"A total of 12,113 of the signatures that we reviewed were accepted. This was 7.07% of the total number of registered voters and this is also 60% of the total signatures that were reviewed."
"A total 8,047 signatures were rejected which makes up the other 40%."
"Signatures that were reviewed were rejected for reasons mainly - majority of them was that the signatures just didn't match the signatures that we have on the record card. From those rejected we found a total of 1,180 persons were not registered any at all in our system. We had 127 persons who sign 2 times. We had 2 persons who signed 3 times."
"Under the referendum act - for those persons who signed more than once that's an offence under the referendum act and these persons actually are guilty of an offence and shall be liable on summary conviction to a fine not exceeding $1,000 or to imprisonment for a tern not exceeding one year or to both such fine and imprisonment."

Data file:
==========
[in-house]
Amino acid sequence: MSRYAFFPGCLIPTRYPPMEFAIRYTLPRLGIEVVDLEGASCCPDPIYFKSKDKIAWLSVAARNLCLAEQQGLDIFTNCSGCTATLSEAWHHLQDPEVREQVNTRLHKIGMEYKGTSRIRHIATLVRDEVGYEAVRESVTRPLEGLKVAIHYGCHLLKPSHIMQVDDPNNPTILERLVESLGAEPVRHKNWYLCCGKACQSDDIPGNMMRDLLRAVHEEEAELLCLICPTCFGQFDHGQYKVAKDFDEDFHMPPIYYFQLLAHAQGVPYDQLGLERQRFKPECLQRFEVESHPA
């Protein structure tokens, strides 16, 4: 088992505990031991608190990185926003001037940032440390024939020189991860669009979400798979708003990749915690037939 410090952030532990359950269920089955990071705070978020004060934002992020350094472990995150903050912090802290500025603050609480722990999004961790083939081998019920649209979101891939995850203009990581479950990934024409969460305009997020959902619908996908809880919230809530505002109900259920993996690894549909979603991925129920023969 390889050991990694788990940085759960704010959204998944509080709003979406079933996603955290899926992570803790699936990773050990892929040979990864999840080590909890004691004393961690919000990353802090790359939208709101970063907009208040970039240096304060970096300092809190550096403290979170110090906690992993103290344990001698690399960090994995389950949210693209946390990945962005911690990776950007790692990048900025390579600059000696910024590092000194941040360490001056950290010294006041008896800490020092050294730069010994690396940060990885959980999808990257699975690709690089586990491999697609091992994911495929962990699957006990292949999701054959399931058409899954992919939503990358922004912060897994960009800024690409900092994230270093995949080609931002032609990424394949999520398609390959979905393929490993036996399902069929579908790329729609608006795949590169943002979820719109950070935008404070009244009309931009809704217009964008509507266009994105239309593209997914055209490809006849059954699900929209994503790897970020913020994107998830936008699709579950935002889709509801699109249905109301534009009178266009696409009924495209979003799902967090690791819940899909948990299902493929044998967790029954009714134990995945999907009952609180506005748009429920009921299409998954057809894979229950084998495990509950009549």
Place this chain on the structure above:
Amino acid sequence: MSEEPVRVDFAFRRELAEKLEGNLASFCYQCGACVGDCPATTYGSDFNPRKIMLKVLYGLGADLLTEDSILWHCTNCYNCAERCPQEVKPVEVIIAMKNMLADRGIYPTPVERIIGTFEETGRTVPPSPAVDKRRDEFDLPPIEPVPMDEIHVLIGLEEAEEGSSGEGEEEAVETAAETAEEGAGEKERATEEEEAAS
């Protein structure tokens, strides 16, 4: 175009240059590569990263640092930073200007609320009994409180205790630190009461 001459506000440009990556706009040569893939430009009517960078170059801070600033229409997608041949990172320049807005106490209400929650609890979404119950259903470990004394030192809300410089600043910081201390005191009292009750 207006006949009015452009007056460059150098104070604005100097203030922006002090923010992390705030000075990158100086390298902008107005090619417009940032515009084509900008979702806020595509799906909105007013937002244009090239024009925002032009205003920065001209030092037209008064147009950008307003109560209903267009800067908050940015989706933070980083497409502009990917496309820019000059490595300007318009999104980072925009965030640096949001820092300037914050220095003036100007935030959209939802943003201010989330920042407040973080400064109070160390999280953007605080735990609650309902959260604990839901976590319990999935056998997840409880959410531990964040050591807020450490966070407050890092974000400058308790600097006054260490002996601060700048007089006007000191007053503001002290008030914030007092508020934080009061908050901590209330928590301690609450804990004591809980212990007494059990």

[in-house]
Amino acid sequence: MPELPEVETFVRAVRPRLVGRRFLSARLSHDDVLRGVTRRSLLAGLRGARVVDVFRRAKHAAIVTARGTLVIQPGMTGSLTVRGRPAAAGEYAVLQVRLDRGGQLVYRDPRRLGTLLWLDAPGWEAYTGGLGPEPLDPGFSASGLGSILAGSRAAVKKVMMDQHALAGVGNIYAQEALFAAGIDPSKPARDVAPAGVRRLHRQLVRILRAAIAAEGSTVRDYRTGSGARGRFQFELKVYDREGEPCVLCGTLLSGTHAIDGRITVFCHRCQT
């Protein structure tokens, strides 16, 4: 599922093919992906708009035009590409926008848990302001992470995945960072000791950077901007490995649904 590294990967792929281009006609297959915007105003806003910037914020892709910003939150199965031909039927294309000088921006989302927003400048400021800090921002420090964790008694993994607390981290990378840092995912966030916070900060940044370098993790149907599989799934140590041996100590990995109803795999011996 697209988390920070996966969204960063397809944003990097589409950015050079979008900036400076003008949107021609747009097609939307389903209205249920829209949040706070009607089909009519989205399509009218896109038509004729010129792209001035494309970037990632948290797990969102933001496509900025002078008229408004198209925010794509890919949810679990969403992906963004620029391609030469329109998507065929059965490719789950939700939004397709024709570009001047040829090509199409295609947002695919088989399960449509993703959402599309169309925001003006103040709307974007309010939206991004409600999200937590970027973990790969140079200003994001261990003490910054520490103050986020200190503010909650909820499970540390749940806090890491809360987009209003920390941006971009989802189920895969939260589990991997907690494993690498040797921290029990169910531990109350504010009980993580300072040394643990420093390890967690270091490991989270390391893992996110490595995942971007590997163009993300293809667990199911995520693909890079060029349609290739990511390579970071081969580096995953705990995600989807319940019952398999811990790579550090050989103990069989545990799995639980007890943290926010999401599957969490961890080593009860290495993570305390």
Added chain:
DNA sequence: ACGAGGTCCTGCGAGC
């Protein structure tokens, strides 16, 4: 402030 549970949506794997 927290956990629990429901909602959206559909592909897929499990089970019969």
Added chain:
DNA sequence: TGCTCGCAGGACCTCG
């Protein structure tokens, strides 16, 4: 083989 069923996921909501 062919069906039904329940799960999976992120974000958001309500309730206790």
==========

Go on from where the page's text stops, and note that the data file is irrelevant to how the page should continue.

"I would want to give an advice to anybody wanted to present a referendum for the Elections and Boundaries Department in order for it to go through because at the end of the day we are all Belizeans, I am a Belizean and we want to see things go the right way, so signing or not signing the petition as professional public officers that we are our job is to simply deal with the information that is presented to us."
"We have to go according to the signatures that are presented and the signatures that we have on file. That's as far as we go because according to the referendum act the job of the chief elections officer is to verify those signatures."